I ate a slice of Siamese at Maude’s
that tasted just like chicken with her sauce;
the meatballs made of mice caused Maude to toast:
“To enemies made friends in cooking pots!”
Victor, my dog, was old; though it was triste
to fatten him for Christmas—what a roast!
A good dog, Victor, till the very end.

With Paris circumscribed, why keep a horse?
My father used his cane to beat the mobs
who tried to steal his mare, but acquiesced
to mother’s frank “She’s starving; why should we?”
The butcher stayed for filetde cheval
and courted me with eggs. The town dehorsed.
The soldiers used their strategy on rats;
they baited lines with wax and fished in sewers.
Then we ran out of rats. The city paused—
no howl, no cheep, no whinny in the streets—
and panicked. We turned upon the zoo inside
our zoo. Trumpetings and ape-cries from the ark:
the hippopotamus, the kangaroo,
wapiti, bear, and wolf—all mustard-doomed.
We killed them two by two. We cheered the boys
who drove the weeping zoo keeper away
and broke the locks made strong to keep us safe.
On fire, we roasted camel on a spit,
danced palm to bloody palm. The drinking troughs
were filled with wine. Two elephants, the pride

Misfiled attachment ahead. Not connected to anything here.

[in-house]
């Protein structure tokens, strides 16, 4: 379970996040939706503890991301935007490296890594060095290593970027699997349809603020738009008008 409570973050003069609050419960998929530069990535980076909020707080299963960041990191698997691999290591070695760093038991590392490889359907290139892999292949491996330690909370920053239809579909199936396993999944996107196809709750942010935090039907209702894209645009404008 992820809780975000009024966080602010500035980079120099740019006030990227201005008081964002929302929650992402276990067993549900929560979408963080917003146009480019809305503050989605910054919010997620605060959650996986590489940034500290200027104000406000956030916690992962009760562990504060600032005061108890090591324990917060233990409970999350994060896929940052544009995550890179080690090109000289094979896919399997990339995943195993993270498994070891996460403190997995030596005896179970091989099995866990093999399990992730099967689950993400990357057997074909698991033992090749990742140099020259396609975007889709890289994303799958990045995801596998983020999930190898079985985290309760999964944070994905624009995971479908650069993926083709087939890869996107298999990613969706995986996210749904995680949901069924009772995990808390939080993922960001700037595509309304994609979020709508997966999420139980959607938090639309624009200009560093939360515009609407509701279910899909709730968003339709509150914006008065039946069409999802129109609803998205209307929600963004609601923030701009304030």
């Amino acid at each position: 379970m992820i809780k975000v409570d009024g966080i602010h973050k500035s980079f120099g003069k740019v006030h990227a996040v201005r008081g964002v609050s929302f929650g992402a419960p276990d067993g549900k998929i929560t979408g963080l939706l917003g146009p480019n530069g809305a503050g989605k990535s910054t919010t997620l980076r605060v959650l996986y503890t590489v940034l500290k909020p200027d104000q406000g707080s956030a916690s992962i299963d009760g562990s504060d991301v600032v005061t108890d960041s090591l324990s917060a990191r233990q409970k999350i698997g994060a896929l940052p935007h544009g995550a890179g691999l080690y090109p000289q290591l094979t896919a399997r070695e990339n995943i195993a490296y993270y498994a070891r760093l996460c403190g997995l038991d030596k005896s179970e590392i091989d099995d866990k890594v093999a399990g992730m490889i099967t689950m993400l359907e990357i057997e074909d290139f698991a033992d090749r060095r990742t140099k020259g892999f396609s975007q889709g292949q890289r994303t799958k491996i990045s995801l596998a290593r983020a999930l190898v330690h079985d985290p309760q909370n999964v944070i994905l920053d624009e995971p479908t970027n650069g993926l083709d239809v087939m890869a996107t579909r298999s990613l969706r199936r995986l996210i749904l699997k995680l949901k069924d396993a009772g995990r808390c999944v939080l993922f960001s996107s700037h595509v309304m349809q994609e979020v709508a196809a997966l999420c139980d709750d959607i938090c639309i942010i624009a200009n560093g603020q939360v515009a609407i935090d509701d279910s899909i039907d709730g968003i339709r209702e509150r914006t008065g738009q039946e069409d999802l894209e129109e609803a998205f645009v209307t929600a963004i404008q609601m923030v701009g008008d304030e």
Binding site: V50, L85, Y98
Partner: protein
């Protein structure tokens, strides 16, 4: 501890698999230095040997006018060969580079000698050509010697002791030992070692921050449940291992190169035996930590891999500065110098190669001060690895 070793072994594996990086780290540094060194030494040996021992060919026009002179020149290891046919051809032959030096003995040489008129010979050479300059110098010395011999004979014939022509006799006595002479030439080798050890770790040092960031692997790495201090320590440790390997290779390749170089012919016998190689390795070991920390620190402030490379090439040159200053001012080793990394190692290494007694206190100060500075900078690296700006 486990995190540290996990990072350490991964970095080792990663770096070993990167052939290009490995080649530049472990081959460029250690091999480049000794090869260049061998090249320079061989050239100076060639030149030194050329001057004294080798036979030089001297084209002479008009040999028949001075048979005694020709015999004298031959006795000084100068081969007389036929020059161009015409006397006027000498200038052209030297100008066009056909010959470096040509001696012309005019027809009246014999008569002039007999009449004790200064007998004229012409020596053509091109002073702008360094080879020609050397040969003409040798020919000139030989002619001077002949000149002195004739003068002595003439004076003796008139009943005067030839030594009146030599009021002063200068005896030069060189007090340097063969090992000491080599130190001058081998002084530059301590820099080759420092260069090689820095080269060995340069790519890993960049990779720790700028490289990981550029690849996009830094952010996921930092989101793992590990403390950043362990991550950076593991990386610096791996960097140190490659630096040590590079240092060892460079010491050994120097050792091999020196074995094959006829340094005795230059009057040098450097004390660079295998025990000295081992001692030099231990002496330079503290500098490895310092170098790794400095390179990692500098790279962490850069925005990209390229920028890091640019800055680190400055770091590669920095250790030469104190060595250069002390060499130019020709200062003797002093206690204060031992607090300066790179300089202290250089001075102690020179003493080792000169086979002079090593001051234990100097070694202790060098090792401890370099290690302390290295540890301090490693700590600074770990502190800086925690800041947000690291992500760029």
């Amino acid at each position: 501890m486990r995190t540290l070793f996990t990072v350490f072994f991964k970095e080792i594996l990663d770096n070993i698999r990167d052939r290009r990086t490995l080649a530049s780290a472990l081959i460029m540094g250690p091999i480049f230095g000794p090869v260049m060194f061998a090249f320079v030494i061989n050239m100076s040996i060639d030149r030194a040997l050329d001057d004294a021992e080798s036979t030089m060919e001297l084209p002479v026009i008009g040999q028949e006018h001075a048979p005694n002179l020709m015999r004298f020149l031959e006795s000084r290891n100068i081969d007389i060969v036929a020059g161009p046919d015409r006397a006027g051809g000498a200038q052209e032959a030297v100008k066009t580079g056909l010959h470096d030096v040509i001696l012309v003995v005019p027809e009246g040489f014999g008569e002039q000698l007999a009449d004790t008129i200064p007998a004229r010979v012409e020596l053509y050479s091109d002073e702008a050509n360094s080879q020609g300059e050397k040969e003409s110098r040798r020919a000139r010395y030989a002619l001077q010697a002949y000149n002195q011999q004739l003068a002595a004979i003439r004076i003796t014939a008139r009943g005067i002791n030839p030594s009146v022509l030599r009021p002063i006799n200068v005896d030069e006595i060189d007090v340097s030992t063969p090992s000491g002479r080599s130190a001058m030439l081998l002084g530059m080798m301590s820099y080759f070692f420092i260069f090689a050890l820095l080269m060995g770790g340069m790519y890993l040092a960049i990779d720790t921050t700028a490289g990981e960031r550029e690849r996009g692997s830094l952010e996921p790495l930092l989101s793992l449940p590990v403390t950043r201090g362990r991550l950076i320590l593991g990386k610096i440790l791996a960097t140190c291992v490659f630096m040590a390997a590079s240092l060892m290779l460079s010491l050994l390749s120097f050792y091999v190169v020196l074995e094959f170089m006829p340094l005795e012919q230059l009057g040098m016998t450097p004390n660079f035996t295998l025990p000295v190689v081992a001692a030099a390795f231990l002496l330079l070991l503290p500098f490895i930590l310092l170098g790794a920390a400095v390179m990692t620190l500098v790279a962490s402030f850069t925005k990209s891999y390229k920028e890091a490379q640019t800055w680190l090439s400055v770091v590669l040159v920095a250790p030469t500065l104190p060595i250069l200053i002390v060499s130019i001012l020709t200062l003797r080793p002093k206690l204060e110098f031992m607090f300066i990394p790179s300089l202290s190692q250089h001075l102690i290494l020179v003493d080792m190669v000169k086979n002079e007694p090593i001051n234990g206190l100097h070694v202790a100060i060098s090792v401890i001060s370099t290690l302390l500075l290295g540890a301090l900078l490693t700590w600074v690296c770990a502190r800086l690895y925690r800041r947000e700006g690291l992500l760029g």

of town, Castor and Pollux—their trunks were sliced
over a barrel for blood. My torch revealed
two twin girls eating monkey from their hands,
a severed gazelle head atop a man’s,
some boys working a bar loose for a skewer
of koalas. While at the lion’s cage
I felt a hand slip underneath my skirt.
Beard on my neck. Feathers and bones
were all we left to greet the stricken sun.
I threw that dress away, it was so stained.

Later that week Thiers proclaimed defeat,
ceded Alsace-Lorraine, our francs, our pride.
The walls came down and Paris could reworld.
The Brits sent mutton, pies, and currant jam.
And things returned to normal. Shelves restocked.
The butcher shop on Fauborg St. Germain
took down its rhino horns. And gardens grew.
Resuming lives, we fought amongst ourselves
a civil war—well, who would govern now?
Who pay the money owed? Who seek revenge?
We were reminded who was rich, who poor,
and so if the poor starved they could be blamed.

Well that was years ago. Since then I’ve seen
more war—called “Great”—if what they say is true,
we’ll see another here before too long.
I’ve stockpiled tins of flour, sugar, grain.
I eat well always now, though it seems bland.
Maybe because I’m old. But my tongue holds
the taste of bear passed from a stranger’s mouth.

So me, I settled down, bought “Victor Deux.”
I plumped up, took a husband and his cares.
My life grew dense: I bore him seven sons.
The four that live prepare themselves to fight
the grandsons of the ones my husband fought.
Jean—that was his name—is gone. I spend
my days on this bench in this zoo. I like
to watch the animals and think of things
and people I have known. It’s strange how fresh
the siege is in my mind, as if my life’s composed
of those eight months. I think we keep ourselves
so tightly wrapped we never see our spools.
We saw them, clear as skeletons, that time.
What’s wrong? What’s right? To live was right. To know
that you could take the heart and eat it raw.


Image: Didier, Jules and Guiaud, Jacques. “The Departure of Leon Michel Gambetta.” 1870. Oil on canvas. Musee de la Ville de Paris, Paris.